20. Saved by the panzerfaust!

Most of the north bank houses are cleared of Germans and Canadian infantry and tanks begin pouring into the town. In an attempt to force the bridge the lead Sherman moves in to close assault the German engineers but is disabled by a lurking panzerfaust as the tank emerges from the south edge of the town.

21. Canadian right

With the north bank secured, here too the South Albertans try to overwhelm the enemy defence by sheer number of guns but as quickly as one tank takes up position it is knocked out.

22. Panzershrek!

On the western bridge the lead Sherman barrels across to engage the Panzer IV’s at close range, but is KO’d by a panzershrek. The tank catches fire and the erupting flames obscure the area in smoke, making it difficult for both sides to find their mark.

23.  Third Jagdpanzer toasted

The Canadians succeed in taking out the third Jagdpanzer but the Tiger (top left), with no more targets available from its original position, lumbers over to help hold back the attackers.

24. Still stuck on the wrong side of the river

On the Canadian right and badly mauled, the remaining Highlanders hunker down waiting for the armour to clear the way. But things have reached an impasse with no way to force the Germans on the south bank out of their positions. 

25. Tiger on the move 

Not yet spotted, the German Tiger eases its way up to the railway embankment.

26. Bridge mined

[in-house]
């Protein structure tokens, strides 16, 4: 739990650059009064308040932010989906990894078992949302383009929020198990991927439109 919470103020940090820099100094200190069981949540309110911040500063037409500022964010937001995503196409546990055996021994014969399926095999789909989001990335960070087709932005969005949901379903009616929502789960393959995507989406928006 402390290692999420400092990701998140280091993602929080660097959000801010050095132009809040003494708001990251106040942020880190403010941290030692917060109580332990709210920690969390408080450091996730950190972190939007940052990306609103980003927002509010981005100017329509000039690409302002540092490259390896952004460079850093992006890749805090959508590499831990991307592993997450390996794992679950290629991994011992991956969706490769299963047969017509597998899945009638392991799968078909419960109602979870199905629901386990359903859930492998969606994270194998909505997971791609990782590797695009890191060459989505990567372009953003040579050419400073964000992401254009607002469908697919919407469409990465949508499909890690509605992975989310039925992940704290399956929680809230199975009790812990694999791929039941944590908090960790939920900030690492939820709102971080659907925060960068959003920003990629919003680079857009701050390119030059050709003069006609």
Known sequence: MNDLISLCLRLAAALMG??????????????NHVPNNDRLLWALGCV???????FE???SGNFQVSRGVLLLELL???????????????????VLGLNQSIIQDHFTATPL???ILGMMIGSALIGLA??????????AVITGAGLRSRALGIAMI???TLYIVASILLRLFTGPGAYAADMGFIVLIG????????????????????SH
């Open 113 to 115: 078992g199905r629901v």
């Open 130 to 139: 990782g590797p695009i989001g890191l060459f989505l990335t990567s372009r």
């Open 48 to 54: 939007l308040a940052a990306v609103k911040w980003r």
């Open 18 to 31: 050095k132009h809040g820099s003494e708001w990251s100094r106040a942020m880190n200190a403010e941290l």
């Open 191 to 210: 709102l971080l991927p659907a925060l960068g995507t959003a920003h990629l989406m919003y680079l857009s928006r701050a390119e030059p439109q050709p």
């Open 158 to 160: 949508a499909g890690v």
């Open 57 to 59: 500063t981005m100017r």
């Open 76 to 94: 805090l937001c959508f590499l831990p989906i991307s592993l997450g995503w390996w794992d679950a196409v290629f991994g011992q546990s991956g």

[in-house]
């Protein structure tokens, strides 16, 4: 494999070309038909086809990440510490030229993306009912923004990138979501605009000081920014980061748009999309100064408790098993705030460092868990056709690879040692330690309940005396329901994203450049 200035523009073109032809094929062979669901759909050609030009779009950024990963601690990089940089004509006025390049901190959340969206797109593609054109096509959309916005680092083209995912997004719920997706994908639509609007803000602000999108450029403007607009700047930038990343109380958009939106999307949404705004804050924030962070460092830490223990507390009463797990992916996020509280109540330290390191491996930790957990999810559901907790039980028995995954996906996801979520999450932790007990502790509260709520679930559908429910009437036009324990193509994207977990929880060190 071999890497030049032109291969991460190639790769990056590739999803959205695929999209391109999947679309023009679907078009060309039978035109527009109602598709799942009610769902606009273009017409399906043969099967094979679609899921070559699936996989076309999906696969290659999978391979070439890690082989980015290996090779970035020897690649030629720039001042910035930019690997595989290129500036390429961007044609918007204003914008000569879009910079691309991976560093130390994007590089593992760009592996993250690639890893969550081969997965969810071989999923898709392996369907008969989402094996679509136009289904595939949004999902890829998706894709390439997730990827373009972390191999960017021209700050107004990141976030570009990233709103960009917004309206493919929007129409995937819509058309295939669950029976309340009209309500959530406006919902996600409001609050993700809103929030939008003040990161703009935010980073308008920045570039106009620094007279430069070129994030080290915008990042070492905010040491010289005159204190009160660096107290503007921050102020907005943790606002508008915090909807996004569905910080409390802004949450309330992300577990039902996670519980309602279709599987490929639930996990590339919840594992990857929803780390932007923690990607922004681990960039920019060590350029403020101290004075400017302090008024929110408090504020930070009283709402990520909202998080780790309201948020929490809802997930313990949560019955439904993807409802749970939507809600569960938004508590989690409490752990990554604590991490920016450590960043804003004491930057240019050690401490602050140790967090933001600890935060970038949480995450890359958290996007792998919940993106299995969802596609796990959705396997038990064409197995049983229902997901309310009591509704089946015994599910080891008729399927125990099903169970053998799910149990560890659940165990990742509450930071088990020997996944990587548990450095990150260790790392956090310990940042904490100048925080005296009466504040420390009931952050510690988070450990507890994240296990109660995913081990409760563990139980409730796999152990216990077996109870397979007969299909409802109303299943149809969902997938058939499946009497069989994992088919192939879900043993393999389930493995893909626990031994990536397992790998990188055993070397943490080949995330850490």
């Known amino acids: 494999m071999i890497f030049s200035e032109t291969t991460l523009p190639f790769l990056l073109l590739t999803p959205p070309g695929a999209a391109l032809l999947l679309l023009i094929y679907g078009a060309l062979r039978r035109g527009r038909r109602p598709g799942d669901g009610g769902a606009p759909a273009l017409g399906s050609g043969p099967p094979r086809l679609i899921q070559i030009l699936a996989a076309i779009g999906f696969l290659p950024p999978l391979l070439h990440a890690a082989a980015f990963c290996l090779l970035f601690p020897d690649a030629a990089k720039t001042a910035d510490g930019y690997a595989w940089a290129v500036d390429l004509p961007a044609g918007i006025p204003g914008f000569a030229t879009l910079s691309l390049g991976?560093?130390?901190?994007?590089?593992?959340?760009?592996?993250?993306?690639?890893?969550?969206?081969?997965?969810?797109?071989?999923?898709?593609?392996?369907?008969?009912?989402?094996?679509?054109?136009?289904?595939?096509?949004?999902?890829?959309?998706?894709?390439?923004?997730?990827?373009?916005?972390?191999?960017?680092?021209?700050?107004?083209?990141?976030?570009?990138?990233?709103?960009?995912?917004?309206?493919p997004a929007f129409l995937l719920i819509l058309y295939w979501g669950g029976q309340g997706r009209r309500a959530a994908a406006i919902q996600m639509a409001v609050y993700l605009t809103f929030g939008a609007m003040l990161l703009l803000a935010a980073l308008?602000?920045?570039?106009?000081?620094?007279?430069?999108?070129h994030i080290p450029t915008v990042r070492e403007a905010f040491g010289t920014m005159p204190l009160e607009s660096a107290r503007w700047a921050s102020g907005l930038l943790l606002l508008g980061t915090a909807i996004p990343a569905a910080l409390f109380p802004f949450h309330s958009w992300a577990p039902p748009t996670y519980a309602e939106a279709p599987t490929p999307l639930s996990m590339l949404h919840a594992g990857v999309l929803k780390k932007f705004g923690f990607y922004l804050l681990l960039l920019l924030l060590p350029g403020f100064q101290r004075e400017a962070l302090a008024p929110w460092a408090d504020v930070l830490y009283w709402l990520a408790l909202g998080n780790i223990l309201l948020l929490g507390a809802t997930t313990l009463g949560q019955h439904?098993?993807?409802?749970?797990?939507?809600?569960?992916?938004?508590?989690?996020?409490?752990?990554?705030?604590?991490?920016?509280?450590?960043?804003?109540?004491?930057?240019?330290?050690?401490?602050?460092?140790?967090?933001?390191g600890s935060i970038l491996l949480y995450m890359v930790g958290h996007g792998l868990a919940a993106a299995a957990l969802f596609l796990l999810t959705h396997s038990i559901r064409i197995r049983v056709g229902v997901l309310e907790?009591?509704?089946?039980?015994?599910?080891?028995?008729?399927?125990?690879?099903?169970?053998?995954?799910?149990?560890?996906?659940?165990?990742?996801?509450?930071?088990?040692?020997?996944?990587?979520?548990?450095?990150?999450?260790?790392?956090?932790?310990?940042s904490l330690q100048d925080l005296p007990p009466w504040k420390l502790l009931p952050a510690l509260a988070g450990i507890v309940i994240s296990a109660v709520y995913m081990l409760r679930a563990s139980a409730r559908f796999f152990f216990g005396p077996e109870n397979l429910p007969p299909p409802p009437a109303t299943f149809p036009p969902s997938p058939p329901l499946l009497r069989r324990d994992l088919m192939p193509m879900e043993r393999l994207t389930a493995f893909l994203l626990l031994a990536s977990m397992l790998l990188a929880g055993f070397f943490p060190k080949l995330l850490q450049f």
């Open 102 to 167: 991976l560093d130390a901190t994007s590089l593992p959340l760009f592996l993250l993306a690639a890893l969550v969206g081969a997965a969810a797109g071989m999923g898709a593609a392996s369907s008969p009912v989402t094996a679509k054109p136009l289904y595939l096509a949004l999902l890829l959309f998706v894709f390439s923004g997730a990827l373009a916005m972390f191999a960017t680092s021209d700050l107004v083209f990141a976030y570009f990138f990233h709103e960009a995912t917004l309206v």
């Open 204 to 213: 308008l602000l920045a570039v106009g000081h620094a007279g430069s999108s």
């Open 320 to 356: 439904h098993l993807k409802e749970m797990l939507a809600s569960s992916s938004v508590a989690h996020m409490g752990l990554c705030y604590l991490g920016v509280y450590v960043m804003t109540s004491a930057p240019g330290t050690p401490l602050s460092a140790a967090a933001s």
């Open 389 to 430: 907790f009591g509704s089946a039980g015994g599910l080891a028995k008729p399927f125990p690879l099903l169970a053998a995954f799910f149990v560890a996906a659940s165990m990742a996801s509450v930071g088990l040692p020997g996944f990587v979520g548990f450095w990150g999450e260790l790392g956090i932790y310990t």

Explosives are placed on the centre bridge as the engineers prepare to remove themselves in order to detonate.

27. What the hell is going on here??!!

At this moment Lieutenant Colonel Mitchell of the Highlanders weaves his way down through the carnage to the north side of Damblainville to see first hand what is holding up the attack. As panicked reports come in he finds that half his regiment has been lost in the fighting so far and that A, B and C companies are no longer capable of any sustained action, with only D Company left to clear out the SS who are still in control and dug in on the south bank. With almost half the South Albertans disabled and burning in and around Damblainville he sends message back to brigade HQ recommending calling off the attack. As it turns out bridges further north had been seized the night before without a fight regardless and the entire division has already been ordered to side step Damblainville and utilize this approach.

C’est le guerre.

Final Overview

Top bridge: One of the South Albertan Fireflies edges up onto the railway bed to explore this way forward, but the Tiger on the far side will control that access once the Sherman becomes visible on the bridge.

Centre bridge: A second Sherman has been KO’d in an attempt to force this crossing, and with the bridge now wired for demolition this approach will likely be denied. Regardless the panzerfaust responsible for two kills is still in place with a second in the wings.

Bottom bridge: The burning Sherman on the bridge has largely obscured the hull down Panzer IV’s beyond from effective fire, unless the range is closed dramatically. But with a third Panzer IV, 75mm AT gun, 75 mm infantry gun and panzershrek all within range of the bridge, this will be an almost impossible nut to crack.

The only real way forward would be to get some infantry across the river to shake things up in conjunction with a renewed attack by the armour but the Highlander casualties (50% of the regiment) leaves the remainder too casualty shy and without the numbers to take on the two intact German infantry companies dug in on the south side of the river.

Plagued by failed calls for fire and terrible dice, a very difficult scenario for the Canadians was made impossible! Thanks to Paddy and Richard for all their hard work in bringing this scenario together.

Final butcher bill puts the Canadians at about 25 infantry stands, two 6 pdrs. and 12 tanks lost to the German’s 12 infantry stands, one 75mm infantry gun and three Jagdpanzers, and with the south bank entirely in German hands this one definitely goes to the Germans.